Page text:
(Lisa is currently in the process of trying to clean out her DVR by watching and reviewing all 40 of the movies that she recorded from the start of March to the end of June. She’s trying to get it all done by the end of July 11th! Will she make it!? Keep visiting the site to find out!)
The 30th film on my DVR was broadcast on the Lifetime Movie Network on June 5th. It was aired under the title The Inherited but, according to the imdb, it was originally called Stranger In The House. I imagine that Lifetime changed the title in order to keep viewers from confusing it with a previous Lifetime film that happened to have the same title.
Anyway, regardless of the title, this is a very confusing movie. That’s not necessarily a bad thing. This is just one of those films where, in order to truly understand what’s happening, you have to be willing to give the film some thought. It’s a film that raises many questions but doesn’t always supply easy answers. The answers are there but you have to be willing to look for them.
Unfortunately, because this film demands a certain amount of focus on the part of the audience, commercial television is probably the worst place for it to show up. When the action stops every fifteen minutes for a 3-minute block of commercials, it makes it a little bit difficult to remember what’s happened from one scene to another.
Stranger In The House/The Inherited tells the story of Eve (Jenn Liu) and Tom (Nathan Darrow). Eve and Tom has just gotten married. Eve lost her parents when she was younger and — well, to be honest, I’m not sure why the film opens with Eve’s parents dying. (Later, we find out that Tom’s parents also died when he was young. Maybe it’s all connected, maybe it isn’t. I honestly don’t know.) Tom is a widower. His first wife died but, in her will, she left Tom her family’s home on the condition that Tom never sell the house.
As soon as Tom and Eve move into the house, strange things start to happen. Eve thinks that she hears strange noises and she’s upset to discover that Tom has secrets that he hasn’t told her about. When his former sister-in-law, Wendy (Tammy Blanchard), comes over for dinner, she and Tom get into a huge argument that ends when Wendy’s necklace suddenly tightly wraps around her neck. Eve thinks there is something terrible in the house but Tom continually says that she’s imagining things. Fortunately, the housekeeper (Annabella Sciorra) believes Eve and even shares the fact that Tom cooked all of his first wife’s meals before she mysteriously fell ill and died. Suddenly, Tom’s cooking for Eve…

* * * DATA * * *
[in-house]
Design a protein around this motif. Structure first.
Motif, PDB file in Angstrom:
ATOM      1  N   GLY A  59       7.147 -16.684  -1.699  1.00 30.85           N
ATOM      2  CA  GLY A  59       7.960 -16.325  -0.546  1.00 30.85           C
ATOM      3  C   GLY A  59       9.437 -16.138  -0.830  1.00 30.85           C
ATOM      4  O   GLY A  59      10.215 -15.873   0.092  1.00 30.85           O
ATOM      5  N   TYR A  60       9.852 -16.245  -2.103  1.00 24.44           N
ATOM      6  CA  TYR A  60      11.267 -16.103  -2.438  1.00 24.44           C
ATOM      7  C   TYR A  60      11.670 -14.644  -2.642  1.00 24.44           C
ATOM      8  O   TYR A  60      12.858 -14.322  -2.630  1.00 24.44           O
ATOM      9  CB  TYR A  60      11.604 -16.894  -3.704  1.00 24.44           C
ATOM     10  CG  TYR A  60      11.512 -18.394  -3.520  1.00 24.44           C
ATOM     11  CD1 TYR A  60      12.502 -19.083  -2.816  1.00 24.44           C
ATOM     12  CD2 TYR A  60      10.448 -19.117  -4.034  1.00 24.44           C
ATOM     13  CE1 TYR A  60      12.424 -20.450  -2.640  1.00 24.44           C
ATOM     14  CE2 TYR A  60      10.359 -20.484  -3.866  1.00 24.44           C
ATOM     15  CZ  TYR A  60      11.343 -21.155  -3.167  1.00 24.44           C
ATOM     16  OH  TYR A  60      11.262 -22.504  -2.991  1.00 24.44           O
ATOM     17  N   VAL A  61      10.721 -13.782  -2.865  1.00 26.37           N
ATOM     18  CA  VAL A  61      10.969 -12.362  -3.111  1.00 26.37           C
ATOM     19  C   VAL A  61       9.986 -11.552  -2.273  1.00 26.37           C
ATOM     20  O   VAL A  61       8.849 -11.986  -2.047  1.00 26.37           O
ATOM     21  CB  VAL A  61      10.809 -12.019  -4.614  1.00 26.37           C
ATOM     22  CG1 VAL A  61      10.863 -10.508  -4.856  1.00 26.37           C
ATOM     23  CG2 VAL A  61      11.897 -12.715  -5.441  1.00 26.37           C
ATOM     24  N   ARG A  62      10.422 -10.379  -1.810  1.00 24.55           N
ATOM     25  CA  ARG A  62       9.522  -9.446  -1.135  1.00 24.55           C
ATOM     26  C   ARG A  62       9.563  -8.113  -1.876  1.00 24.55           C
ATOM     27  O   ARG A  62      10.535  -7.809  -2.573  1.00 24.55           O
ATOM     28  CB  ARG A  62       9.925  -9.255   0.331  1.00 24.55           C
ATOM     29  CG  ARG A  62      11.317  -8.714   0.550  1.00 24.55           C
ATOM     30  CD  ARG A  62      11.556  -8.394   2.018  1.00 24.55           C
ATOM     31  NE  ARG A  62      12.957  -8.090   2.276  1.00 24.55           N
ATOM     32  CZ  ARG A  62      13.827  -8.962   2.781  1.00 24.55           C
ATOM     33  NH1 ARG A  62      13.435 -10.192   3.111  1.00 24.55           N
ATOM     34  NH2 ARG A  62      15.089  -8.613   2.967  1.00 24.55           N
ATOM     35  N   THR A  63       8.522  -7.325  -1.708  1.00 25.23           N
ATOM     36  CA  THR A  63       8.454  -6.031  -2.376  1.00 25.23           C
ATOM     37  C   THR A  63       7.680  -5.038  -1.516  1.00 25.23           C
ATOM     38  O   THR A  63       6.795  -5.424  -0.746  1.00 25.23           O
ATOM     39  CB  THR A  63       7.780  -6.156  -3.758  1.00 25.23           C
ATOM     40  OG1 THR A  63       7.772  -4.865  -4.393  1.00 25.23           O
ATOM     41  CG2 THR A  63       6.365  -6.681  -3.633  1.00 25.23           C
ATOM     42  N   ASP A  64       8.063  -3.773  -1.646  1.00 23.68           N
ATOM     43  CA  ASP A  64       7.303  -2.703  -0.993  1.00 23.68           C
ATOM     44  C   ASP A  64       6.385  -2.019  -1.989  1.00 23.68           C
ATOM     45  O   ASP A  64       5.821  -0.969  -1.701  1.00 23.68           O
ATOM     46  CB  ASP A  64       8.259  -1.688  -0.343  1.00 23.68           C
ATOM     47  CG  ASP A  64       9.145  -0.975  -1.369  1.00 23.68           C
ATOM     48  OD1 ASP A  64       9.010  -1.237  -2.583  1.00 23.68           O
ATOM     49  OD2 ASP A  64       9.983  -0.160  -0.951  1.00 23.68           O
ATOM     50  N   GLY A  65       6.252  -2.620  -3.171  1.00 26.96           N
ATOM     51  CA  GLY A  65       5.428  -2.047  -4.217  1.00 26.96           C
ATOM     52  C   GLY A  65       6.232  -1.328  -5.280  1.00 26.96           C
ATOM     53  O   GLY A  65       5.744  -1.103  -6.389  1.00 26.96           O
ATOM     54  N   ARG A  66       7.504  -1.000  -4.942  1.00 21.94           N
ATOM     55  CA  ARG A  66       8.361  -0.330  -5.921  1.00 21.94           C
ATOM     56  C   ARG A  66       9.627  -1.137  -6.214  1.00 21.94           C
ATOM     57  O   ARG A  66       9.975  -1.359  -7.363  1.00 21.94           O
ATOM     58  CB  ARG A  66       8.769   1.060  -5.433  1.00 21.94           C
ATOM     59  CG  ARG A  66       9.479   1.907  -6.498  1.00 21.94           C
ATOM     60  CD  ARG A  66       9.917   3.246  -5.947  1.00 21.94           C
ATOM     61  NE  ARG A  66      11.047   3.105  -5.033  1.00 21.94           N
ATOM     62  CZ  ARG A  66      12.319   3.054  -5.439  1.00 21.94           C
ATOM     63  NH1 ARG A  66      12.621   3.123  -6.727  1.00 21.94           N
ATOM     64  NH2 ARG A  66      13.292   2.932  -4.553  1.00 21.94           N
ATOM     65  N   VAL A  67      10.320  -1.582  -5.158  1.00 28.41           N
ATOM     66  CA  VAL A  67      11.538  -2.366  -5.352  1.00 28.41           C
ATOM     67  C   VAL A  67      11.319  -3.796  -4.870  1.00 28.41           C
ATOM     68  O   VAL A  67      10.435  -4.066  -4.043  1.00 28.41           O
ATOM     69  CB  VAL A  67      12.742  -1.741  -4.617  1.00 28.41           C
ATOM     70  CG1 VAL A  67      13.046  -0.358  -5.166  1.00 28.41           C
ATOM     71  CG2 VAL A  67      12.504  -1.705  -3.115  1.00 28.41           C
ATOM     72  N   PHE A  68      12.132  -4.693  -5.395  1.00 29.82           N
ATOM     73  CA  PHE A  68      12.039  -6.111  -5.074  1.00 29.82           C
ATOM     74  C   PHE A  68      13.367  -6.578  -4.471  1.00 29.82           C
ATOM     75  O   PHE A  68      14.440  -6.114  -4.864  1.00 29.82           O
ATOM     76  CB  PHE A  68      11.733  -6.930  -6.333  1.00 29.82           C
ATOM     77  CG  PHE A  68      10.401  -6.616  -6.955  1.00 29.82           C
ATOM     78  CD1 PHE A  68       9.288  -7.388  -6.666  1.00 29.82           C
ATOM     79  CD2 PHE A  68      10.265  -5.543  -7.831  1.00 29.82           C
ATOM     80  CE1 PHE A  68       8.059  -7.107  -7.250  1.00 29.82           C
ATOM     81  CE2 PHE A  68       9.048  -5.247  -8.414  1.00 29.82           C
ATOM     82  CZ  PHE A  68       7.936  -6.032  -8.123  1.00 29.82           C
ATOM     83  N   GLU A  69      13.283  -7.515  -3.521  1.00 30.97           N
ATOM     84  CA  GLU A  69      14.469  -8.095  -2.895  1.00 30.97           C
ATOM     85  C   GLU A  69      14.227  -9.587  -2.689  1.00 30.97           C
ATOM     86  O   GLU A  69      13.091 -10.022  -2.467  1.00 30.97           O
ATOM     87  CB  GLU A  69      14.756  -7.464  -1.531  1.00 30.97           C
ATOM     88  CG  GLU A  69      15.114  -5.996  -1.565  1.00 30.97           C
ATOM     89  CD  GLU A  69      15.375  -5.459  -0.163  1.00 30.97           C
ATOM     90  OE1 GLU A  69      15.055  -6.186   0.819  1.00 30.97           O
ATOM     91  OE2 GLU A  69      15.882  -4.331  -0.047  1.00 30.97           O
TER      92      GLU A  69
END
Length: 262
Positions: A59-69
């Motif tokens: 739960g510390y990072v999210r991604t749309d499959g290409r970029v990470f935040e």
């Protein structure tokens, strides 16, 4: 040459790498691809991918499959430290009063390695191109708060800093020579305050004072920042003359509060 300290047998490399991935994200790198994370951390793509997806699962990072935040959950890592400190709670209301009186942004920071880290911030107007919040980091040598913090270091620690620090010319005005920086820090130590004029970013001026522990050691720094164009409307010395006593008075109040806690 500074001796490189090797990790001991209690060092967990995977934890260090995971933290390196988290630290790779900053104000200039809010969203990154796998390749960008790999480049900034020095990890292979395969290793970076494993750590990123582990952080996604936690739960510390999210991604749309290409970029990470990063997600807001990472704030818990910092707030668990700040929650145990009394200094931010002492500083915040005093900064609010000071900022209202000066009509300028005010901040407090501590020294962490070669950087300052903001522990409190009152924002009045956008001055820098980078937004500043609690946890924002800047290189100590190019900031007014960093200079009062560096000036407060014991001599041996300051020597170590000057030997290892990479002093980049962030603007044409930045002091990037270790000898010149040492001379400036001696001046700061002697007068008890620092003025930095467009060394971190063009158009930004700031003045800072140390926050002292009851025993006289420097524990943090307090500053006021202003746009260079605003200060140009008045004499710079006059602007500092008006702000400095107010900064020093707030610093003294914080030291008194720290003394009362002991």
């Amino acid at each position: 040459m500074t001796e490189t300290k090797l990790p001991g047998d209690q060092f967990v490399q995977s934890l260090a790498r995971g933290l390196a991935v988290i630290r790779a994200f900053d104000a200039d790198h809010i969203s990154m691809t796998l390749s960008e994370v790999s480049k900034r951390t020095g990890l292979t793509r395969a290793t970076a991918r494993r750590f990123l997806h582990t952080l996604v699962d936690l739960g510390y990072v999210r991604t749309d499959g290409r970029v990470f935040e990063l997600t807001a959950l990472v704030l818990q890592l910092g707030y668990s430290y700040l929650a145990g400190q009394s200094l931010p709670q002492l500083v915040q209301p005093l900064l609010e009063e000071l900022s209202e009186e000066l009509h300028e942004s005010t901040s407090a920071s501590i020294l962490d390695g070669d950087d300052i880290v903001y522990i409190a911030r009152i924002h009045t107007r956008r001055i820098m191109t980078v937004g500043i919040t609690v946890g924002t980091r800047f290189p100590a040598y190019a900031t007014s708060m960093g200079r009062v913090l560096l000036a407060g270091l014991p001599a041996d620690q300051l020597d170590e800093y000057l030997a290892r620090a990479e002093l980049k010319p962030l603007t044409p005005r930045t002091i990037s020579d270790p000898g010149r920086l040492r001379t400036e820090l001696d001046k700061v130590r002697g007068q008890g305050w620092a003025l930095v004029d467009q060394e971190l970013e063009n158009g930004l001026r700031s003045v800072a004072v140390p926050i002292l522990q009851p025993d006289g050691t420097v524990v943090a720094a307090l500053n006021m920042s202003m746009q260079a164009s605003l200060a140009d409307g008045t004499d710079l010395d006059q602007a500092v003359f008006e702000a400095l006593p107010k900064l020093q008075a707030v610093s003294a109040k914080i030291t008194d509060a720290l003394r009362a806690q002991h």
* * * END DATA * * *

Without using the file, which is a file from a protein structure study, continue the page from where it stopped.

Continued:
Soon, Eve doesn’t know who she can trust. Is the house haunted or is she going crazy? Is Tom trying to murder her or is Eve just going crazy? Is the housekeeper Eve’s friend or is Eve just going crazy? Could the film be any more of a Rebecca rip-off or is Eve just crazy? Is this film Gaslight or is it The Haunting?
I had to watch the ending a few times before I could tell you for sure. The Inherited is not always an easy film to follow. It’s directed in a deliberately dream-like manner, which leads to some memorably surreal scenes but which can also be frustrating when you’re trying to figure out what the Hell’s going on. Personally, I liked The Inherited because it had a lot of atmosphere, some good acting, and a lot of twists and turns. But it’s definitely not a film for everyone. You have to be willing to accept the fact that the movie is never going to make much sense.
On final note, Jenn Lui not only wrote this film but she also gave herself the lead role. That was a smart decision because the script is definitely written to her strengths as a performer. She gives a great performance, one that helps to hold this somewhat uneven film together.